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Debt Ceiling Digest: Republicans Once Again Turn To Shenanigans Over Reason

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Last week, as House Republicans debated whether or not they would take the debt ceiling hostage in yet another round of flirt-with-default nonsense, we noted three fairly inexorable facts about these stunts. First, as a tactic, the default-bluff in exchange for concessions has a diminishing utility -- you can only back down from a bluff so many times before no one believes you! Second, the move has proven to be politically costly to the GOP (though, let's note that costs have been too short-lived for Democrats to exploit). And third, the White House will definitely reject any demand, anyway, unless everyone there goes temporarily insane.

And backgrounding the recent deliberations over whether House Republicans want to do this again, for auld lang syne, there is public opinion, and it is decidedly against more of these shenanigans. Here's The Washington Post's Aaron Blake:

A CNN/Opinion Research poll released Monday showed 54 percent of Americans would blame Republicans if a deal isn't reached, while just 29 percent would blame President Obama. (Another 12 percent said they would blame both sides equally.)

That's a gap of 25 points -- pretty striking.

Blake goes on to note that the "most striking" thing about those numbers is that "they are actually more lopsided than the blame game was during the government shutdown, according to most polls."

That's more than enough reason for House Republicans to pack it in and pass a clean debt ceiling rise. So, naturally, they won't be doing it.

House Republicans had two bright ideas in terms of what their fruitless debt ceiling demand would be this time: end the risk corridor provision in Obamacare or demand the construction of the Keystone XL pipeline. As Brad Plumer noted, the recent State Department report on the pipeline's environmental impact has earned a round of reporting that's a little bit too bullish on its ultimate prospects, but that report has nonetheless moved the needle in the direction of the pipeline being built. So, that would be no fun to threaten default over! And so, we're left with yet another attempt to use the debt ceiling to convince the White House to gut its own health care law.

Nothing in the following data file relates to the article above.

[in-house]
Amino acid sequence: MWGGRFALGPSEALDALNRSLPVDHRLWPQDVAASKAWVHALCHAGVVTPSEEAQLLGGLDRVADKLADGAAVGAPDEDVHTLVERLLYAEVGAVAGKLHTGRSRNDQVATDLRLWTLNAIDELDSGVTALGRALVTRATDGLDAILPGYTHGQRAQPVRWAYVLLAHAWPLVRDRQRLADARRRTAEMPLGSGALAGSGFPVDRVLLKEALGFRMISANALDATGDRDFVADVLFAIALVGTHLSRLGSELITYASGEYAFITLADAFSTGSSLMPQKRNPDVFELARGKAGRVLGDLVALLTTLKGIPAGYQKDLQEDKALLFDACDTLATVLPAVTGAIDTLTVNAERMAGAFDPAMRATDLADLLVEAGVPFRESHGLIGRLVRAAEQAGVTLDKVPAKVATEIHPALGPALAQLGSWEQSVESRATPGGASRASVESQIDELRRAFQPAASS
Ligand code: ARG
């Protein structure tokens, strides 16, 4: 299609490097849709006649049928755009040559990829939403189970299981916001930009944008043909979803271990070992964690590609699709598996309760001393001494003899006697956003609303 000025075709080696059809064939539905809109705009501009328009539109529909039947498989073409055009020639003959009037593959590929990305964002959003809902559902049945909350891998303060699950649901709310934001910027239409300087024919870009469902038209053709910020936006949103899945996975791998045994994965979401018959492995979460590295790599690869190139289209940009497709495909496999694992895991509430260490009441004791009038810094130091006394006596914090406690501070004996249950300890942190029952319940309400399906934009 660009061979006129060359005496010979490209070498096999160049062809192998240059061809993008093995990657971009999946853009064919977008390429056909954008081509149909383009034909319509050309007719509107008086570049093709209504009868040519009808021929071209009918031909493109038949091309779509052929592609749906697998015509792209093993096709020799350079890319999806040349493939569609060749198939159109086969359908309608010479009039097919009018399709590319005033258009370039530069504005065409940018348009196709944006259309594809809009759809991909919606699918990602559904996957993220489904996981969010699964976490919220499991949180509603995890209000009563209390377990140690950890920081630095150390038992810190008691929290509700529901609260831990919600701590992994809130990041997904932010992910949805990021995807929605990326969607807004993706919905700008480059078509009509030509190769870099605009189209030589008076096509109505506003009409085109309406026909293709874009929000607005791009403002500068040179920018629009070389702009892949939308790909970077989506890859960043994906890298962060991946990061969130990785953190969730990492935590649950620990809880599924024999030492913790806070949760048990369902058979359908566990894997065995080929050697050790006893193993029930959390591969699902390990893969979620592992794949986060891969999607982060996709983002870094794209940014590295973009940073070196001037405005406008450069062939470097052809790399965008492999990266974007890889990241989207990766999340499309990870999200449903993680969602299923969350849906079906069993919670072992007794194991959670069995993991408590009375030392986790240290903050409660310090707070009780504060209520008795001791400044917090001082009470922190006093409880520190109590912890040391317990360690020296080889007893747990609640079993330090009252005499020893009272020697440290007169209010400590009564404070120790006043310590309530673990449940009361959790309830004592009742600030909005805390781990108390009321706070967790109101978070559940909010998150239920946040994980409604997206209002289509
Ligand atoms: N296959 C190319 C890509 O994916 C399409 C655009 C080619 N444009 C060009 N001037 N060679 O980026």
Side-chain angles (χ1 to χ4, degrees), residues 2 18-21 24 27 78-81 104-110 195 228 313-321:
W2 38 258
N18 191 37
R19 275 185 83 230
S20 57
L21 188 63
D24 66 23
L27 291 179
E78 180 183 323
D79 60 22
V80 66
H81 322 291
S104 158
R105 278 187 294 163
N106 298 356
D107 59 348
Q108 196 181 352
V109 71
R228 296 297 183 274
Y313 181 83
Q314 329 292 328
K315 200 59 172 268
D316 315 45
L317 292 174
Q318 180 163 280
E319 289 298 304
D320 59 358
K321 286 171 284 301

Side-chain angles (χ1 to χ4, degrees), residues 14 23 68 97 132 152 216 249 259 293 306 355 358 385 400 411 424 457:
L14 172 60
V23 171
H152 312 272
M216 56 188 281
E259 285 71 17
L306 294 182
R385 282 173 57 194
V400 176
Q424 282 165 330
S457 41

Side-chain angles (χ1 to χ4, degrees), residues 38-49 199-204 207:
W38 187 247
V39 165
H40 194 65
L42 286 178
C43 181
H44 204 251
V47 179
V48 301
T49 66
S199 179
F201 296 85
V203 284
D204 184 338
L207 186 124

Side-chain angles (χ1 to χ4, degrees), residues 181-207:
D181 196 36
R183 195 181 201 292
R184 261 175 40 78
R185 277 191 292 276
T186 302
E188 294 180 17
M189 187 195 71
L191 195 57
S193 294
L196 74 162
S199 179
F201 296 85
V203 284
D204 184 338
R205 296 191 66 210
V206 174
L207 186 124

It's worth pointing out how far the debt ceiling psychodrama has strayed from even the nominal notion of fiscal restraint. Per Sahil Kapur, at TPM:

Republicans have been coalescing around legislation to scrap a program in Obamacare known as risk corridors that they deride as a taxpayer "bailout" of insurance companies. But now Congress' official scorekeeper says the program will save money and eliminating it would increase the deficit.

In a new report Tuesday, the nonpartisan Congressional Budget Office found that the risk corridors program would save the federal government $8 billion. That means scrapping the program would add $8 billion to the deficit.

So House Republicans are so aggrieved at the prospect of raising the debt ceiling that they will threaten default until the White House agrees to their demand to ... umm -- increase the deficit.

Makes sense.

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